Cow’s diet critical to calf performance
Dick Fredrickson, veterinarian at Simplot ranches and feedlots of Grandview, Idaho, says protein deficiency in cows is an important factor in whether their calves do well. If cows don’t have adequate protein, they can’t produce adequate colostrum. “This is the key to a healthy calf, assuming cows have adequate forage,” he says.
Good-quality colostrum is crucial to the newborn calf, to provide energy to keep warm, and antibodies to protect against disease. “Inadequate passive immunity from colostrum increases risk for sickness and death in calves, and decreases average gain in the nursing calf. This follows on through into the feedlot, with higher risk of sickness, respiratory disease and death, and a decrease in average daily gain,” says Fredrickson. Deprived calves never got their immune system off to a good start and never quite make up for it during their growing period, he says.
“In a study of 2-year-old pregnant heifers, one group received an adequate amount of protein, and another group received a restricted protein diet. They milked the heifers after they calved to evaluate colostrum. The heifers that received adequate protein had 2.75 quarts of colostrum, while heifers with low protein intake had 2.02 quarts,” he says.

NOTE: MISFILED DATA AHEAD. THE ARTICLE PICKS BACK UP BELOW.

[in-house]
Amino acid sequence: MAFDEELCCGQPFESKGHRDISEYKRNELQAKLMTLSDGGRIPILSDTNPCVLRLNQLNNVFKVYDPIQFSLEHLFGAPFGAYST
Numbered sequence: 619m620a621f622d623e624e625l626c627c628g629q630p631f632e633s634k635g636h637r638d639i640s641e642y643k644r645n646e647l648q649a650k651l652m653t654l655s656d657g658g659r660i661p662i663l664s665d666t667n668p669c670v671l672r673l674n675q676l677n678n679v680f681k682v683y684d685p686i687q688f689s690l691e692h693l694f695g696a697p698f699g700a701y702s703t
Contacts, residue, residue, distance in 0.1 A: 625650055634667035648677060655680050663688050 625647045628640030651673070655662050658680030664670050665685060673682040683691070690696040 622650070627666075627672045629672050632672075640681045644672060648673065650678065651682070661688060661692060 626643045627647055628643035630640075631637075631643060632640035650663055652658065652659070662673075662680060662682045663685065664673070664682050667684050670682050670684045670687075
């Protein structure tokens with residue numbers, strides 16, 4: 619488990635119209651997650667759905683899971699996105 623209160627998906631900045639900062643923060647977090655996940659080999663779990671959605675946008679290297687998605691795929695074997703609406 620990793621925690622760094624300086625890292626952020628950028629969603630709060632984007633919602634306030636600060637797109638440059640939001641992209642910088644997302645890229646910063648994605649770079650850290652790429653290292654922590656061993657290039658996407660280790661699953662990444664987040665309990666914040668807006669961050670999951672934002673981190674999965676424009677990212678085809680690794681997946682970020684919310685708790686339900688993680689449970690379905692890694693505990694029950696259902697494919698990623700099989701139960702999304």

“University of Nebraska did research on quality grade for steers whose mothers were supplemented. They looked at cows on cornstalks that were supplemented with protein versus cows that were not. Calves from dams that received protein supplementation graded 86% Choice. Those from dams that had no protein supplement graded 64% Choice,” he says. Protein also enables cows to use lower-quality forage.
• Cows can eat low-quality forage for energy, if they have enough protein.
• Protein levels in cow diets affect survivability of their calves.
• Add protein to diet with alfalfa hay, or a high-protein “cake” or pellets.
Basic nutrition for pregnant cow
“In actuality you are not feeding the cow; you are feeding the rumen microbes so she can adequately digest forage. We have to feed the microbes that digest lower-quality forage,” says Fredrickson. “The microbes utilize minerals and protein to make enzymes that help them break down and digest forages. Microbes and enzymes then pass out of the rumen and are digested and absorbed in the intestines,” providing additional protein.
There are many ways to add protein to the cow’s diet, including a small amount of alfalfa hay, or a high-protein “cake” or pellet, or some other commercial protein supplement. High-starch supplements, such as corn and barley, don’t work because they interfere with fiber digestion. “Rumen microbes that digest starches don’t do a very good job of digesting roughages, and vice versa. The rumen flora multiplies to digest roughages, or starches, and are not in balance for the other,” he says. Alfalfa hay is an excellent protein source for cows on a forage diet. Beef cows should consume 2.5% of their body weight in good forage. Low-quality forages with low protein levels — straw, dry mature grass, cornstalks — will reduce digestive efficiency by as much as 30%.
Smith Thomas writes from Salmon, Idaho.
This article published in the March, 2010 edition of WESTERN FARMER-STOCKMAN.